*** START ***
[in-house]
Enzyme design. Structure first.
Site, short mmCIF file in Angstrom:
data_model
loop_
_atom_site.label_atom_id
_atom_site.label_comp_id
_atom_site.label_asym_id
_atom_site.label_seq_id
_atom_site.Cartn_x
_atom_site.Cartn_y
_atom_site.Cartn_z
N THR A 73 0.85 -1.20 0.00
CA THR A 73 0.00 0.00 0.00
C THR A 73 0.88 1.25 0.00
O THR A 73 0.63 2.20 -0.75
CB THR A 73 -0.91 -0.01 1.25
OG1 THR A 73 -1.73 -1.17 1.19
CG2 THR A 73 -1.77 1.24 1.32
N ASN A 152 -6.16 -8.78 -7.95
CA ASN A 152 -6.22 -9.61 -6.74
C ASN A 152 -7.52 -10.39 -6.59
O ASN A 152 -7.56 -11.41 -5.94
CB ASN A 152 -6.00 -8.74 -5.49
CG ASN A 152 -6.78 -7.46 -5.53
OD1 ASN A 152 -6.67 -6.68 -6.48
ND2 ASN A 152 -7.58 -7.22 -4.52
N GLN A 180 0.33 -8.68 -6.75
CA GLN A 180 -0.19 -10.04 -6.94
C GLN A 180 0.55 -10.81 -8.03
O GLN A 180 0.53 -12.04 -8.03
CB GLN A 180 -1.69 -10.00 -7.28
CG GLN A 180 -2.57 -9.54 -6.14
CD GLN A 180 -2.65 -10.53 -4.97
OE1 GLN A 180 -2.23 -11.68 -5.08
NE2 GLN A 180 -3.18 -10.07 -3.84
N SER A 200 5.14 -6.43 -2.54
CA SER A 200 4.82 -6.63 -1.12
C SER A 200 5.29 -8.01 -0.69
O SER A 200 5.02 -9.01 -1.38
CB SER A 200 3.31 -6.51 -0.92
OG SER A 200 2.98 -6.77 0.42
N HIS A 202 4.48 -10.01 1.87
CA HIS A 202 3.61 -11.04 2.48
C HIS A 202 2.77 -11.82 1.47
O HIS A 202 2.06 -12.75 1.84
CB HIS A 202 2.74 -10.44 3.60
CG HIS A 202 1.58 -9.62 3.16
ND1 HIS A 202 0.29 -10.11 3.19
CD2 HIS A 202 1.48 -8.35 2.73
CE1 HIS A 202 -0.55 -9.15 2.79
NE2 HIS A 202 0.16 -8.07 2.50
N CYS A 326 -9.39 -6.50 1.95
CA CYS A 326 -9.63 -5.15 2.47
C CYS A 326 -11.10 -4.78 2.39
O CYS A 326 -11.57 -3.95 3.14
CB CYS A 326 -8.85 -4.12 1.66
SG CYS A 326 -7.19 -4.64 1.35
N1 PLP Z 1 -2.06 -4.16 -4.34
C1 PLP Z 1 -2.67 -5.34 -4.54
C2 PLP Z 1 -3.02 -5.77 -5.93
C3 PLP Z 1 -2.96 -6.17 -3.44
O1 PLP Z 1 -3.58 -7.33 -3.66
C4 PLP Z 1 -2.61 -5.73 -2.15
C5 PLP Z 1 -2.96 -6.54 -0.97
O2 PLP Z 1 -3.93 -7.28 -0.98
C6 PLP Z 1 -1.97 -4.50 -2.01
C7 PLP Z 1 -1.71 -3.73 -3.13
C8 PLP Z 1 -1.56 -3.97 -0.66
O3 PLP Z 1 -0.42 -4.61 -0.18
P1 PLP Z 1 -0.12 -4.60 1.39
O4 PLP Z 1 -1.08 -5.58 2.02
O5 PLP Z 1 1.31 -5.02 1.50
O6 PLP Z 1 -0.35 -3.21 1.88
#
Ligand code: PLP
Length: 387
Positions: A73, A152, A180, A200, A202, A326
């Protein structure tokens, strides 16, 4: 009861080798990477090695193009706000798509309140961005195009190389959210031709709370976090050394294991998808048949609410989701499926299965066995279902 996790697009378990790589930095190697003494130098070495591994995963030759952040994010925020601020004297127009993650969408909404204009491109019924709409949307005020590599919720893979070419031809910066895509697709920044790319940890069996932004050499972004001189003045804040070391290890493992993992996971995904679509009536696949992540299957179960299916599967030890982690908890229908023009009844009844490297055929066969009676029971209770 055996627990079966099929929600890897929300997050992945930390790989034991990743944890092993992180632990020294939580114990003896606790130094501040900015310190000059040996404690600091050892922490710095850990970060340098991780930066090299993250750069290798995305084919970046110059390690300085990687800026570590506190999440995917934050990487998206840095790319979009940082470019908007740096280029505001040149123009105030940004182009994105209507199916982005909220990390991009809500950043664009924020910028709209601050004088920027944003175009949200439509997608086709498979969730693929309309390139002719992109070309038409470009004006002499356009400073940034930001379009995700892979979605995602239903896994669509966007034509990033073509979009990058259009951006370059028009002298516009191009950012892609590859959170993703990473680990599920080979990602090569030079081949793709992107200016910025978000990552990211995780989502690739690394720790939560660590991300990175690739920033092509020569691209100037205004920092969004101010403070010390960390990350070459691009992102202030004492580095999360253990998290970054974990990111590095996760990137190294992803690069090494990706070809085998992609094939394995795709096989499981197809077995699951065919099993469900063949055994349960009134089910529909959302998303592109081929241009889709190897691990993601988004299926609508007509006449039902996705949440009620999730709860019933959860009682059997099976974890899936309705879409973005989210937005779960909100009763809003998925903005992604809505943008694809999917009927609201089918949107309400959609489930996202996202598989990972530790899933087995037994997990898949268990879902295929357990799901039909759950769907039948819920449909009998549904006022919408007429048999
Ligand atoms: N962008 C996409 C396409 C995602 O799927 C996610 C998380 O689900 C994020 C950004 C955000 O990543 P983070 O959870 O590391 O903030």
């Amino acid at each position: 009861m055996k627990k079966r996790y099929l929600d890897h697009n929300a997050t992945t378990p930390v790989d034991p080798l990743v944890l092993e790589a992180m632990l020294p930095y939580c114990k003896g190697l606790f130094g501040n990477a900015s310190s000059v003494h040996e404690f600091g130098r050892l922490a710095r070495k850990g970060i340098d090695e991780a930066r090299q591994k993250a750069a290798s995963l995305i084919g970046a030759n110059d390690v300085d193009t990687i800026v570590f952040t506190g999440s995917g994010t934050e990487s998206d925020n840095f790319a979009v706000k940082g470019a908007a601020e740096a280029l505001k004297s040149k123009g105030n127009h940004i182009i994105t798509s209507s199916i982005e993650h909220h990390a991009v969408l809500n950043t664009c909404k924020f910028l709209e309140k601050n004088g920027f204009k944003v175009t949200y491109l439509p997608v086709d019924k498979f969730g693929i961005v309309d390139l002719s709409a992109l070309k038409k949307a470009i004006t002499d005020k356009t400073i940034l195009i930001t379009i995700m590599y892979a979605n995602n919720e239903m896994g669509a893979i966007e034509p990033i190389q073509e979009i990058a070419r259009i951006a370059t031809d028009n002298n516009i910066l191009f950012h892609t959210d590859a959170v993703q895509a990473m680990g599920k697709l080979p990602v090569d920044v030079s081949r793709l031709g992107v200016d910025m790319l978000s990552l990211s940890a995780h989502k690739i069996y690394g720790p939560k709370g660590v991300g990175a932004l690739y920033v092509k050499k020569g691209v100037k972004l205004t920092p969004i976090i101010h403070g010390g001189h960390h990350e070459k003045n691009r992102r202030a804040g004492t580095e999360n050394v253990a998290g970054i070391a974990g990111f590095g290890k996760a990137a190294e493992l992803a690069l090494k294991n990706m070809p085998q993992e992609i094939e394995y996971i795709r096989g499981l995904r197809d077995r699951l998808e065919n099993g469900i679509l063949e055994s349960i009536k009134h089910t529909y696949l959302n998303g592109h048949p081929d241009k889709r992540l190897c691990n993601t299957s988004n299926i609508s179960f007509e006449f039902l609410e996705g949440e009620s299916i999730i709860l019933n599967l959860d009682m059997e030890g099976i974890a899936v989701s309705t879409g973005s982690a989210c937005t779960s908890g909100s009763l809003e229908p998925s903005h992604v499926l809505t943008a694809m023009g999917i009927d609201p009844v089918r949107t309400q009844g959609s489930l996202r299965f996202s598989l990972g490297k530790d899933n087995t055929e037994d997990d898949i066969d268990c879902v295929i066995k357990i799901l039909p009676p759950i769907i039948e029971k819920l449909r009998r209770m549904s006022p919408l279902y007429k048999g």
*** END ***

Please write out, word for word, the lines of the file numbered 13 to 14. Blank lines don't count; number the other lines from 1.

N THR A 73 0.85 -1.20 0.00
CA THR A 73 0.00 0.00 0.00